We’re talking about OJ Simpson again. For most of his life, Orenthal James Simpson has been the topic of one national conversation or another.
• In 1968, he won college football’s highest honor, the Heisman Trophy (by a record percentage) after starring at running back for USC,
• From 1969 to 1979, he was a star running back for the Buffalo Bills and the San Francisco 49ers, setting records and earning awards.
• After retiring from football, his fame continued as a movie and TV star.
His life took a dark turn in 1992, when his second wife, Nicole Brown Simpson filed for divorce. Two years later, OJ was charged in her murder and that of Ron Goldman, her companion that night.
After OJ failed to surrender to the police on time and his lawyer Robert Kardashian read what sounded like suicide note at a press conference , much of America watched as television networks broke in for the infamous “Low Speed Chase.” O.J. was driven around Los Angeles in a white Ford Bronco, pursued by police and helicopters. Although he said he wasn’t fleeing, he had a gun and there was a fake goatee, his passport and $9,000 in cash in the car.
It seemed like prosecutors had an airtight criminal case against O.J. for the murders. He had obvious motives of anger and jealousy. The police lab found OJ’s DNA in blood at the scene. They found left and right matching gloves, one at the scene and one in OJ’s apartment). But brilliant defense work, allegations of police evidence planting, and multiple prosecution errors led to the nine-month-long Trial of the Century ending in Not Guilty verdicts October 3, 1995.
Exactly thirteen years later, another jury found Simpson guilty of 12 counts of Armed Robbery and Kidnapping after a wedding trip to Las Vegas morphed into a memorabilia heist (or sting, as OJ said). He was sentenced for up to 33 years in prison, with no release possible for nine years. Those nine years are almost up, and the parole hearing is taking place later today.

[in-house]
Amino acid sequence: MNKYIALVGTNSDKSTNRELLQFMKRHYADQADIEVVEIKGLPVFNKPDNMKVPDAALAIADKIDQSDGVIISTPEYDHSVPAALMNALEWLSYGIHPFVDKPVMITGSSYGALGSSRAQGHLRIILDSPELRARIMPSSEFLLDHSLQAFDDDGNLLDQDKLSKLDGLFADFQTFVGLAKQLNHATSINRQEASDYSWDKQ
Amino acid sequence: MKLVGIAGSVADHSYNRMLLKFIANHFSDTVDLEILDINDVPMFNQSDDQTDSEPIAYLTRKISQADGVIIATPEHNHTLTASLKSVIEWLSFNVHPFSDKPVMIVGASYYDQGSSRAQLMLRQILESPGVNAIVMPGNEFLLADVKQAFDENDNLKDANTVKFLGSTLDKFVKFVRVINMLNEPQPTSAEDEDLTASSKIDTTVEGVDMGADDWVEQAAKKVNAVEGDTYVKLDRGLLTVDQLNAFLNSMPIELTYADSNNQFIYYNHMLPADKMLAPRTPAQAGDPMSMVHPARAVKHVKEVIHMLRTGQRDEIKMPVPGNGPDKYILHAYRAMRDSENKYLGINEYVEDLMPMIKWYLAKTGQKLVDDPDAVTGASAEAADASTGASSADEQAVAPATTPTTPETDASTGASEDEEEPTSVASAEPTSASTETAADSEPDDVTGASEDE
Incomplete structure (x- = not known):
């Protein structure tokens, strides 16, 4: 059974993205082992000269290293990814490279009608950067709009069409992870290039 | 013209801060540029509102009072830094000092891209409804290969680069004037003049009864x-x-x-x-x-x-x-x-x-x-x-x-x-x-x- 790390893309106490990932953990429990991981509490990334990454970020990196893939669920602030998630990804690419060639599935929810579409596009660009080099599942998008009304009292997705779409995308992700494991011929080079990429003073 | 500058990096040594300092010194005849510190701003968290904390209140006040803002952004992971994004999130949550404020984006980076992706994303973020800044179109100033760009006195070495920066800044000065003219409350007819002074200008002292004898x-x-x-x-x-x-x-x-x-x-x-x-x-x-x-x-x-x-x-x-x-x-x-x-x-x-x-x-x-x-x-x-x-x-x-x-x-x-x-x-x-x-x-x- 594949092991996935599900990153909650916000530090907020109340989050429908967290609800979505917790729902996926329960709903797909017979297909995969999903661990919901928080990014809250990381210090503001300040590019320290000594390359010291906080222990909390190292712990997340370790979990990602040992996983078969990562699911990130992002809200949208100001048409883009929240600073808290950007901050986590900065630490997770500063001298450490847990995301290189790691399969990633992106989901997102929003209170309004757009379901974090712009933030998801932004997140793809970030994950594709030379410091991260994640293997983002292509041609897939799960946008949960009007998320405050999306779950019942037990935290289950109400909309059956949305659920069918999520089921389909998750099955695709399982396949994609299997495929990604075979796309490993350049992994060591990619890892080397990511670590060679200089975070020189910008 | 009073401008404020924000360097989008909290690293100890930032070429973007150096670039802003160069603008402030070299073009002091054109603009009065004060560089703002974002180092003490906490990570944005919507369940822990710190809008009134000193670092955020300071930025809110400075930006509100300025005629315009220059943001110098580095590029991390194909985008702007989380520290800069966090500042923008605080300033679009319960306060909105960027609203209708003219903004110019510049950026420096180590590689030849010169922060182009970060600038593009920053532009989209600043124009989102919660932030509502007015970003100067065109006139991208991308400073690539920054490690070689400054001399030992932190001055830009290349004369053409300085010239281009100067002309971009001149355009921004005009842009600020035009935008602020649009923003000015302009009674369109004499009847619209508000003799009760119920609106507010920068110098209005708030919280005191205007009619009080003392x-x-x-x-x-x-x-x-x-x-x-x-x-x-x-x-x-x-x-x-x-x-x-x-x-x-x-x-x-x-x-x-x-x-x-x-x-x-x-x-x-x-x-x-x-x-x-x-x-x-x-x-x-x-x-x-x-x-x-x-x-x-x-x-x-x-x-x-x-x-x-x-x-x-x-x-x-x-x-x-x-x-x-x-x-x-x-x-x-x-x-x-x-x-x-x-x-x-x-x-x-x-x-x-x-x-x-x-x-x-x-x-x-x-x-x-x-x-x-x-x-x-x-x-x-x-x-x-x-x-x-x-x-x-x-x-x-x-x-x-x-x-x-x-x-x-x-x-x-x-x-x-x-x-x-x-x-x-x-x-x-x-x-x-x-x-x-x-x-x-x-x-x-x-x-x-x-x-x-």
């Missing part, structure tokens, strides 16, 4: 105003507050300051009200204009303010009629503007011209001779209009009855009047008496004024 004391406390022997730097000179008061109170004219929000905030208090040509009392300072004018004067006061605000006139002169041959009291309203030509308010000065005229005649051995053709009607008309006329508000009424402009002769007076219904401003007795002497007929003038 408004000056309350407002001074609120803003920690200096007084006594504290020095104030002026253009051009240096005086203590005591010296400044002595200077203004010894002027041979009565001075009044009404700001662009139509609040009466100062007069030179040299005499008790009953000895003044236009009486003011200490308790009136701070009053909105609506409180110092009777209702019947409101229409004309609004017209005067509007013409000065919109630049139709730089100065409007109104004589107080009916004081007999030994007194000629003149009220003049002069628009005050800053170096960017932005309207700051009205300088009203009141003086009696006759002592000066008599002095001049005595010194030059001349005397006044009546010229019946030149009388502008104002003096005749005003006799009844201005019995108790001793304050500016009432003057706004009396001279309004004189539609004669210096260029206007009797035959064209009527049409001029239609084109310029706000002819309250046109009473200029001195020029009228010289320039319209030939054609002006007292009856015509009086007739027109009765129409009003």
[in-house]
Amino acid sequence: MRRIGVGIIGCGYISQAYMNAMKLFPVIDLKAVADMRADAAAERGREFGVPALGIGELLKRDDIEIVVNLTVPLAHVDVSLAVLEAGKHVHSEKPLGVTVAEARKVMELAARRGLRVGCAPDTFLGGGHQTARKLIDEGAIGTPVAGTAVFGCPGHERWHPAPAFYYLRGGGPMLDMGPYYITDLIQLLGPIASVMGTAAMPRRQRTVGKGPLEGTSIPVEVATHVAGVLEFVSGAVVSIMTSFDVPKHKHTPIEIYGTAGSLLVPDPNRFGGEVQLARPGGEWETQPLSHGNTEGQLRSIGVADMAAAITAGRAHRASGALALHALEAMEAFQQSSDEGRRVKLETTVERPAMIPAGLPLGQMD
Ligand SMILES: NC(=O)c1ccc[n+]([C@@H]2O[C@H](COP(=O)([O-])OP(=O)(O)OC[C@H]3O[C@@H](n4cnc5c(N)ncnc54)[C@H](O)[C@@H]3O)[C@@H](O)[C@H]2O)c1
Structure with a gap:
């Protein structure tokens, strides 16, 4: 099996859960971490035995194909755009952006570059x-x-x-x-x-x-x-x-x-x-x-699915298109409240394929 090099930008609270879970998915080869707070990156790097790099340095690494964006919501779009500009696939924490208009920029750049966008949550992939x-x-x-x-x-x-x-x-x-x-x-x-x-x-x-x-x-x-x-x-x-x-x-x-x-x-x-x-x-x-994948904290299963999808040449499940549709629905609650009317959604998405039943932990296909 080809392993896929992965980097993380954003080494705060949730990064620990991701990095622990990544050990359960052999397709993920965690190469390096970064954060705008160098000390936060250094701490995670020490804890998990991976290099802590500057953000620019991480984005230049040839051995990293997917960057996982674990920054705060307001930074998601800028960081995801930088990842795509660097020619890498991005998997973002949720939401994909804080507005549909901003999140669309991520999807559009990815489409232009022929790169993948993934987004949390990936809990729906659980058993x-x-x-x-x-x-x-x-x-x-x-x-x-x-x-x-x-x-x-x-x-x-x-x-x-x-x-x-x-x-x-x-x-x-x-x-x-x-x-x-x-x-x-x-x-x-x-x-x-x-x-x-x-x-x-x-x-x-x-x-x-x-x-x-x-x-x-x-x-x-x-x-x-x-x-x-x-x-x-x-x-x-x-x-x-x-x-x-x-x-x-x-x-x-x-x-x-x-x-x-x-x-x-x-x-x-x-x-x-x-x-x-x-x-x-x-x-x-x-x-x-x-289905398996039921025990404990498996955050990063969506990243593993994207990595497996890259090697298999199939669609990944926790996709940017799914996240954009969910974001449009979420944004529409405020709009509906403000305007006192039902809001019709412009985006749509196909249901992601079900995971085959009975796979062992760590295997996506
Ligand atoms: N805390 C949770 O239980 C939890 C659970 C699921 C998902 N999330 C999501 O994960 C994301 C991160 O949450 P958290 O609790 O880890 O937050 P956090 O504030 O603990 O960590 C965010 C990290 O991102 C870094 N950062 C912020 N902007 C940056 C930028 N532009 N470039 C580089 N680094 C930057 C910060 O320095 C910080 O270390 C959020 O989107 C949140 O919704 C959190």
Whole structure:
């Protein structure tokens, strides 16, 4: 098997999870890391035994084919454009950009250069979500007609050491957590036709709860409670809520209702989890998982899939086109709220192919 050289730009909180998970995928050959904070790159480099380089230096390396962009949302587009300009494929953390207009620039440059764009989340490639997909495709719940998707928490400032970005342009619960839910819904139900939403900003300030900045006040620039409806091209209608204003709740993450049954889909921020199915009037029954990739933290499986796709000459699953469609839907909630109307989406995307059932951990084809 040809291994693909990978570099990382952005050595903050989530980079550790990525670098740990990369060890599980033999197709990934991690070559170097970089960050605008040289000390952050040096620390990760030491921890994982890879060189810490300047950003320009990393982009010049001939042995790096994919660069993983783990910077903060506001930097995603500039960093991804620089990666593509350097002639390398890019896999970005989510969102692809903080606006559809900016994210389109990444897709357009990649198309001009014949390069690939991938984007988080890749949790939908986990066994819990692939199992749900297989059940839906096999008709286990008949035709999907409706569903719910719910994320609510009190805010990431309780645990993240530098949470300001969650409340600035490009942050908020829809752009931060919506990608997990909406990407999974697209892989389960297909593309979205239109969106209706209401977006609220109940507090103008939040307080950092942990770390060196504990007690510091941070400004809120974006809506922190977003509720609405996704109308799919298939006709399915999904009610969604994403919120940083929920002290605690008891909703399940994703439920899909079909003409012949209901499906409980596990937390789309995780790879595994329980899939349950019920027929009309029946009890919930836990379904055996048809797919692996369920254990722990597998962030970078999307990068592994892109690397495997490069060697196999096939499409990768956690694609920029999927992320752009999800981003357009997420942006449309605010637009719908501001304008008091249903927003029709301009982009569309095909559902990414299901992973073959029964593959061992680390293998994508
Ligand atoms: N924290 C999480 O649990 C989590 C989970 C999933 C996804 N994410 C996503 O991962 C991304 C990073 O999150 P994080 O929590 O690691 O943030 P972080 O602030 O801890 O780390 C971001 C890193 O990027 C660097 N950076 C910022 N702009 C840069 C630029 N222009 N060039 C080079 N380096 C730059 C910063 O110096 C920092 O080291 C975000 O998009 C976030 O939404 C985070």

In between those two October verdicts, O.J. had another trial. In February 1997, he was found liable for the death of his ex-wife and Goldman in civil court, where the standard of proof is not so high. He was ordered to pay $33.5 million dollars to the families of the victims.
On Thursday, OJ will appear by video conference before four members of the Nevada Board of Parole Commissioners, who will decide (probably only minutes later) whether OJ will be set free. The decision requires four yes votes, and so if the four Carson City Commissioners aren’t unanimous, the two Las Vegas Commissioners may need to be brought in. In the rare case of a tie vote, the Commission has established a policy of denying probation for six months, and another hearing would be held in January 2018.
He’s already won a probation hearing. In 2013 he had a probation hearing for some of the less severe 2008 convictions, and won. The same four commissioners who decided his last hearing will be hearing him today. It only took fifteen minutes in 2013; it may take longer today because he has a lawyer and friends and family, and the stakes are higher.
But OJ is fairly certain to win parole today, and be freed in October. Remember, this hearing is for the memorabilia heist. The criminal murder trial, which OJ won, has nothing to do with it. He has apparently followed all the rules, has not gotten into any trouble in prison, and satisfies the published rules to qualify for parole. OJ will be set free.
As a partner with Bradshaw & Bryant, Joe Crumley has over 20 years experience with the firm—helping injured people and their families to secure just and fair compensation. Excelling in personal injury litigation, Mr. Crumley has secured numerous record-setting verdicts and settlements and won accolades such as MTLA’s “Trial Lawyer of the Year” and “Excellence” Awards.